On December 24, 1974, at a meeting of the full board of directors of the bank, the chairman of the board announced that Bradway had been disqualified as a director by virtue of the provisions of N.J.S.A. 17:9A-104 and that a vacancy therefor existed on the board. Bradway had made full disclosure to the board concerning the overdrafts. He had further voluntarily repaid both principal and interest on the amount of the overdrafts. The shareholders of the bank were on notice of the fact of Bradway's overdrafts due to the large amount of publicity engendered by the situation. By a unanimous vote of the board, Bradway was re-elected as a director to fill the vacancy. During the years 1974-1976 further overdrafts were made by Bradway on various accounts maintained by himself and members of his immediate family. In July 1977 plaintiff filed the present action seeking a mandatory injunction permanently removing defendant from the board of directors of the bank, and a declaratory judgment that defendant is ineligible to hold the office of director

[161 NJSuper Page 501]

or officer of the Guarantee Bank. After commencement of the suit Bradway requested the firm of Haskins & Sells, certified public accountants, to compute the interest which might be applicable for the six checking accounts at Guarantee Bank on all of the overdrafts occurring between 1973 and 1976. Based on the highest interest charges that might be applicable, the accountants computed the amount which would be due if interest were chargeable on overdrafts. Bradway voluntarily paid this amount.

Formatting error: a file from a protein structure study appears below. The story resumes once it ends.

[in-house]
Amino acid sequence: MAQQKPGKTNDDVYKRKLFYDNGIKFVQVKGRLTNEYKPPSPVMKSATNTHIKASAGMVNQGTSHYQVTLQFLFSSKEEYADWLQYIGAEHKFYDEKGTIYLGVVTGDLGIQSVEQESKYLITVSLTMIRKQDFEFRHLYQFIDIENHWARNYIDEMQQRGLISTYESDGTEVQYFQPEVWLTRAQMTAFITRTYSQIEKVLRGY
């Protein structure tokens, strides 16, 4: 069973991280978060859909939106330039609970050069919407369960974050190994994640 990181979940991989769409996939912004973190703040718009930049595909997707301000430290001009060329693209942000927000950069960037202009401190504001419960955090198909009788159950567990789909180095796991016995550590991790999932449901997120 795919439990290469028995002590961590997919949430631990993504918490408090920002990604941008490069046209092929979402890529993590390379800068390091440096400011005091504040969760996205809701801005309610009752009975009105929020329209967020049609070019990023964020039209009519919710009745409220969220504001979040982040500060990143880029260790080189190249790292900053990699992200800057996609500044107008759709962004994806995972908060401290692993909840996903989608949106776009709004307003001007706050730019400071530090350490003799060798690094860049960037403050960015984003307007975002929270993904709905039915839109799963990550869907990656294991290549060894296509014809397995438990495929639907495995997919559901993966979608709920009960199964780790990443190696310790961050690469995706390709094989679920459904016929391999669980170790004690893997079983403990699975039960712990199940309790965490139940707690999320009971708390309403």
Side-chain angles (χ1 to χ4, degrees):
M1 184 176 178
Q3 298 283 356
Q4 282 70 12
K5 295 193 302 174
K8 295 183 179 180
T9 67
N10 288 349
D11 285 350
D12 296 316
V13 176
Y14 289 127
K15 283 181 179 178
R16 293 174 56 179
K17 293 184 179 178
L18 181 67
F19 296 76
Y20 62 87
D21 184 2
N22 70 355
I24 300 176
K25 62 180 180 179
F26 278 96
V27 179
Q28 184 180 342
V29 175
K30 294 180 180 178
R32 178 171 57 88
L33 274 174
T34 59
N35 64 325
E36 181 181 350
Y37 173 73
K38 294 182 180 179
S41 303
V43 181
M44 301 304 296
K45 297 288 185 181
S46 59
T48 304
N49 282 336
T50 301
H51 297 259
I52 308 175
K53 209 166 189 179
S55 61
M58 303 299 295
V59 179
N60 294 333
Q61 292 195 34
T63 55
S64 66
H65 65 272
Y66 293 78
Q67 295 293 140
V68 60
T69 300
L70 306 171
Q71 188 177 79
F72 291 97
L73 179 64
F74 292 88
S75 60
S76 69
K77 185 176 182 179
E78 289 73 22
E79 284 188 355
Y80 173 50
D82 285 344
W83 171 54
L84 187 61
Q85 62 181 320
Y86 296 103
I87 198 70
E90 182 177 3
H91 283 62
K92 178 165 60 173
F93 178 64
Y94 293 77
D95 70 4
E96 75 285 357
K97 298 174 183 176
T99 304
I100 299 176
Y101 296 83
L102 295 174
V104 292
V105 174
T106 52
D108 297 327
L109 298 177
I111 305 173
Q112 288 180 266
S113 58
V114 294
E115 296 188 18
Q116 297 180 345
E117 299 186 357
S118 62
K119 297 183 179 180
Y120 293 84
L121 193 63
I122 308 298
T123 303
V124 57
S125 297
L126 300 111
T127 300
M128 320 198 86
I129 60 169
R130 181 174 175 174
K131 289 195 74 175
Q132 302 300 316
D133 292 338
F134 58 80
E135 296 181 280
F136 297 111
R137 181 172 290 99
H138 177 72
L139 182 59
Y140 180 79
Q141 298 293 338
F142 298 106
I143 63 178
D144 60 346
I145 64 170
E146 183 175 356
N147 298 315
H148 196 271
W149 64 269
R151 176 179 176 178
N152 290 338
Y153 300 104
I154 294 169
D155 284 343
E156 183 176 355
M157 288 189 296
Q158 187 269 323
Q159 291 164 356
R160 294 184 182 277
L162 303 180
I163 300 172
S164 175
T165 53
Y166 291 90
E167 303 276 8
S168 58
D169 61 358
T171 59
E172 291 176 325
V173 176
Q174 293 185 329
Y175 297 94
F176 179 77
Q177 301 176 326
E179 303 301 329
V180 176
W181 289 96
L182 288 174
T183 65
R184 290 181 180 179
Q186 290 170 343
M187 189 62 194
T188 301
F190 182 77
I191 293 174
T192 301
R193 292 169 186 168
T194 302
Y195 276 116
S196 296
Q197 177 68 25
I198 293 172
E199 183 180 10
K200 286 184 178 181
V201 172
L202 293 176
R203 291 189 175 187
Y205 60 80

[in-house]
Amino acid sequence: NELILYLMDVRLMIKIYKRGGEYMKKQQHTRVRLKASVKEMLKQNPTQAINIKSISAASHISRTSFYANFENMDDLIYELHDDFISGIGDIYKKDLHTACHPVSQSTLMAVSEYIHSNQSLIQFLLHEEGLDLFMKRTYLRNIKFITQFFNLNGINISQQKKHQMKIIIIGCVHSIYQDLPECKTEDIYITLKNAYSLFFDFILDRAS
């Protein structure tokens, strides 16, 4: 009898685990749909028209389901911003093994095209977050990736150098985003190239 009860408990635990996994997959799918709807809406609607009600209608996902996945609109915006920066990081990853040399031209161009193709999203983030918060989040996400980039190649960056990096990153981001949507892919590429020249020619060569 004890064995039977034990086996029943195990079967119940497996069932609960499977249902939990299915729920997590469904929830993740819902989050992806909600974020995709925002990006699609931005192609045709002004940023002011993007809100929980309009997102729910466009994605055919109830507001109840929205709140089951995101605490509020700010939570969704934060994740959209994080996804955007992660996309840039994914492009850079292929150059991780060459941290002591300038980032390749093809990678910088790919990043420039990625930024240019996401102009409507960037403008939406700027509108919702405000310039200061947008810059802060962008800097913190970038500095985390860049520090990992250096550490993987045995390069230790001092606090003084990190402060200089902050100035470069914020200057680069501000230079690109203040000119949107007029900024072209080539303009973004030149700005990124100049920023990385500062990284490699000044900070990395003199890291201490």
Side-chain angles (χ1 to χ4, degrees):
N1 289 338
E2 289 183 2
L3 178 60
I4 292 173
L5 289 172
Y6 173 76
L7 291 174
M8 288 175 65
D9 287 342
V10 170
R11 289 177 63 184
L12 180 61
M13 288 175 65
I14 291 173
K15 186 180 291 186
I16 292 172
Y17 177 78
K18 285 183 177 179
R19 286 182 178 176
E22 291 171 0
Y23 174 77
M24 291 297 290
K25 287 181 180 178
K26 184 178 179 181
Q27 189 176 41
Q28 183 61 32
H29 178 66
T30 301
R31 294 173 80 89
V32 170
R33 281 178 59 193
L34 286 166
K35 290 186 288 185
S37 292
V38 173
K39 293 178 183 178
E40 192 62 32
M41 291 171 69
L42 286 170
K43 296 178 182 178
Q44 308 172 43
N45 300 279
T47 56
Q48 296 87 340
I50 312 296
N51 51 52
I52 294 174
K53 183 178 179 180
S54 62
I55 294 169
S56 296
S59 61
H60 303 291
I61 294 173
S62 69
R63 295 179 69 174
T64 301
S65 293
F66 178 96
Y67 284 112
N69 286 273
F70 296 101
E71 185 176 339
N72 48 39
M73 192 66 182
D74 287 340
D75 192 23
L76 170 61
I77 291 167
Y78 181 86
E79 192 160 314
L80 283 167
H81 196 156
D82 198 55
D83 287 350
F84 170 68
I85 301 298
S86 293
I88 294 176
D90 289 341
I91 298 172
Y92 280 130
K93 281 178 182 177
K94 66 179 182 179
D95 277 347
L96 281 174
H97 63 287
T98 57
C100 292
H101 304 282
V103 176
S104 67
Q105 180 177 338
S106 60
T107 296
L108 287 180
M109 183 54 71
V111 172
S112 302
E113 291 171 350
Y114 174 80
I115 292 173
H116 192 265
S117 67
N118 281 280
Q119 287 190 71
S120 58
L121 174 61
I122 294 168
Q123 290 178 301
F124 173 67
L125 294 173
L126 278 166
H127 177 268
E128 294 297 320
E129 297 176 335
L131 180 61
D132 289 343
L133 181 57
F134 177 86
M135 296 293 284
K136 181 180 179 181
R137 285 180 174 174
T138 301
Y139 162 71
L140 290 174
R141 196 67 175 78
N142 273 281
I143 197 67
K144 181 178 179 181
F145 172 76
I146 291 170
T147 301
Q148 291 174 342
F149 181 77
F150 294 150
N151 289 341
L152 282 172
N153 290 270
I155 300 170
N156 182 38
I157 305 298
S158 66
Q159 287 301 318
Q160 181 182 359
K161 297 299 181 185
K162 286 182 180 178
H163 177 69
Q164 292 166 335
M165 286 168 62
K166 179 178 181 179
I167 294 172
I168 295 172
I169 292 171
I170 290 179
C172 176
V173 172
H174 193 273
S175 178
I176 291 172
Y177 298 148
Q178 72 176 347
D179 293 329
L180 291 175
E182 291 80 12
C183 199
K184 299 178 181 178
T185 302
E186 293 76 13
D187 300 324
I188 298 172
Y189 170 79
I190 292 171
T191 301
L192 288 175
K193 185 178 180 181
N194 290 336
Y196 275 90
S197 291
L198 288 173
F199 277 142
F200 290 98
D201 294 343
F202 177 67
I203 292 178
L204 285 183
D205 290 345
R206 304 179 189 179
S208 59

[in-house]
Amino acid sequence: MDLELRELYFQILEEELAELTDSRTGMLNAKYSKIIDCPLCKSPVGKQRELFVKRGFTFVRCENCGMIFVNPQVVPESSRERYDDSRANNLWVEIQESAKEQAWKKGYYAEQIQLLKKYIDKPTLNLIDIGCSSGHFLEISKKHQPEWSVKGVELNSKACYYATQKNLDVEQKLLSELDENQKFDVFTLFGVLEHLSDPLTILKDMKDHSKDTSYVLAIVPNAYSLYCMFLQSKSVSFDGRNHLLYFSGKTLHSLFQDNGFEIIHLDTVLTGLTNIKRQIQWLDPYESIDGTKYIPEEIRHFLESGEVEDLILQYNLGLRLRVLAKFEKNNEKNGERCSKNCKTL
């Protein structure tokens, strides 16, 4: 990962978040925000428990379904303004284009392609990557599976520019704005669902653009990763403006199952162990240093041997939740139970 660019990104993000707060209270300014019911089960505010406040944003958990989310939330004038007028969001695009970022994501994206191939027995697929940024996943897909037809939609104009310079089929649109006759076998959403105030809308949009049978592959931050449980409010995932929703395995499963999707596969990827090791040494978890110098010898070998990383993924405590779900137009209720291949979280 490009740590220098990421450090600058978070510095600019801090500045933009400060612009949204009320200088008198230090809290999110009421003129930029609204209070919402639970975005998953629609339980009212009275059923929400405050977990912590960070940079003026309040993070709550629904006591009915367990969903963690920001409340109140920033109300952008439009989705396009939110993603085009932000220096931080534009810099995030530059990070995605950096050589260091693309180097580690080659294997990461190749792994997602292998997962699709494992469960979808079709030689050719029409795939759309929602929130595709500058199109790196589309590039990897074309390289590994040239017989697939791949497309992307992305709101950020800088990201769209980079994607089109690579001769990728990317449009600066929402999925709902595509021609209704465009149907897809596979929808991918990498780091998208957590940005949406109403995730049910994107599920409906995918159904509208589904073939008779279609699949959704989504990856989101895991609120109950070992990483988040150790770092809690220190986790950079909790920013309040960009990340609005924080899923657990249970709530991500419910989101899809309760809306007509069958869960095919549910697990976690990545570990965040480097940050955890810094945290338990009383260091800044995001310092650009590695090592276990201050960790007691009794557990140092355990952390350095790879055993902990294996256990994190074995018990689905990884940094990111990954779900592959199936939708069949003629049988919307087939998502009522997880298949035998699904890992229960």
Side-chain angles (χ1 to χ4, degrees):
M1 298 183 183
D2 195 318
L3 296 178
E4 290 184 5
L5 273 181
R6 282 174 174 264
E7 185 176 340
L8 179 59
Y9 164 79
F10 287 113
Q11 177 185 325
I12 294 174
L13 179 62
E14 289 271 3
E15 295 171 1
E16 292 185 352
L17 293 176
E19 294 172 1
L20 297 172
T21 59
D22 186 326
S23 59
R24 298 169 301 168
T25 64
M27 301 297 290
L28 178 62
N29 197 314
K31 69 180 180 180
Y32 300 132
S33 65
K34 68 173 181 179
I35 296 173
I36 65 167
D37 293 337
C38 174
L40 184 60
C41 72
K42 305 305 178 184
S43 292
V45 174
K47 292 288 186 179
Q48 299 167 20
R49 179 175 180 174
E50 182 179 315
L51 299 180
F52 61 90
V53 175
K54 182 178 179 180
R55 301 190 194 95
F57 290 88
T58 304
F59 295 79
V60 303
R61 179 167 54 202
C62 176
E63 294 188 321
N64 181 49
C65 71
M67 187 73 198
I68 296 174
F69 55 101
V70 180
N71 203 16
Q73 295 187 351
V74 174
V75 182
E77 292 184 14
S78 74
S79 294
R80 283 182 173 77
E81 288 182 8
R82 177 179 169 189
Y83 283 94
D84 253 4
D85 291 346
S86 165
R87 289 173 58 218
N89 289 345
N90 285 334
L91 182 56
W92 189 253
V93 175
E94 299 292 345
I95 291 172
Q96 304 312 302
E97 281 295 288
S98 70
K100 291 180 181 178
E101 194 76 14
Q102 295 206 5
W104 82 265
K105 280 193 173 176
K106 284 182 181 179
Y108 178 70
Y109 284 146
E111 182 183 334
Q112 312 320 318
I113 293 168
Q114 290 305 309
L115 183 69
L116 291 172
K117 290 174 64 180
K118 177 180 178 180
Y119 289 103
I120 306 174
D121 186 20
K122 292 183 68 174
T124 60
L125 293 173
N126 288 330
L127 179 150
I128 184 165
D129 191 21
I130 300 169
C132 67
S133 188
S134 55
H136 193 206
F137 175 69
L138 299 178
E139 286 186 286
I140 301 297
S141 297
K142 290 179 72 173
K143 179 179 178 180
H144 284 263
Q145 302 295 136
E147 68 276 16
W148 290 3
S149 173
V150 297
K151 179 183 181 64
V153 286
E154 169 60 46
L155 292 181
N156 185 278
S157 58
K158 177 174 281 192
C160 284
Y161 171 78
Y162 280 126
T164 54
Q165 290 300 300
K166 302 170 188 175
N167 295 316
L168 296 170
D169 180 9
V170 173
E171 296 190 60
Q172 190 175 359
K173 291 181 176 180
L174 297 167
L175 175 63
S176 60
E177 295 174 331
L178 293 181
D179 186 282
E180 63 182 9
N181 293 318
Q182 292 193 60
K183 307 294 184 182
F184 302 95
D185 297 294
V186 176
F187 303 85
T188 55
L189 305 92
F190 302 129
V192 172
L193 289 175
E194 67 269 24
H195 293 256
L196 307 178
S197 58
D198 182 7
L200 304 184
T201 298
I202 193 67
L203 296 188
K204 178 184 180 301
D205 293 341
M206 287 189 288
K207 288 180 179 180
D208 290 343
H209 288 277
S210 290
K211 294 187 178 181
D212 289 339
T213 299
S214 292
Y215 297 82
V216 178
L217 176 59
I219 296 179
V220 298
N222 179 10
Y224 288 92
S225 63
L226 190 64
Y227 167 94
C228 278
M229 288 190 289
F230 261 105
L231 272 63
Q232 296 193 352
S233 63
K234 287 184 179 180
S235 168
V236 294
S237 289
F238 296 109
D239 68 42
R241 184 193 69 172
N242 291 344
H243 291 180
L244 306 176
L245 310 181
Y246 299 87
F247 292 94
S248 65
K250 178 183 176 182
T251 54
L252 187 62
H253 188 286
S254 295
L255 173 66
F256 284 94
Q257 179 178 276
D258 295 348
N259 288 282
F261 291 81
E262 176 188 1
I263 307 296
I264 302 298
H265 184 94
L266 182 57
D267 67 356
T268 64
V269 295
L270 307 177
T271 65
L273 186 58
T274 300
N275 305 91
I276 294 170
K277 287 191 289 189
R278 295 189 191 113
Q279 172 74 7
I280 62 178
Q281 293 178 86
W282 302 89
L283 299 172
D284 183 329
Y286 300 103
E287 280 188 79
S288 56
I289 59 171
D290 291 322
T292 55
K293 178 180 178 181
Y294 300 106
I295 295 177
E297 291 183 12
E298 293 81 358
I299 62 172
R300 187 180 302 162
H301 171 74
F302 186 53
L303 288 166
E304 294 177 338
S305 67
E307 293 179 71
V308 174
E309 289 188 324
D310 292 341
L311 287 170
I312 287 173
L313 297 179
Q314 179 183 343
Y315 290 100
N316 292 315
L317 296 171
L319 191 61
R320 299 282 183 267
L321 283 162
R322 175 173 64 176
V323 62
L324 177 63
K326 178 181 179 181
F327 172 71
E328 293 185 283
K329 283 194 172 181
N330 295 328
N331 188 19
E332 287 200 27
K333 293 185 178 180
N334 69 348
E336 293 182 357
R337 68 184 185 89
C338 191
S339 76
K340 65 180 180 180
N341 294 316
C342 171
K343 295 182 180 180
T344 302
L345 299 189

During the years 1975 to 1978 Bradway was re-elected to the board at the shareholders meeting held in April of each year. In April 1978 Bradway had repaid all of the overdrafts in his checking accounts and was re-elected by shareholders, who had knowledge of the overdrafts due to the filing of the present law suit and the attendant publicity.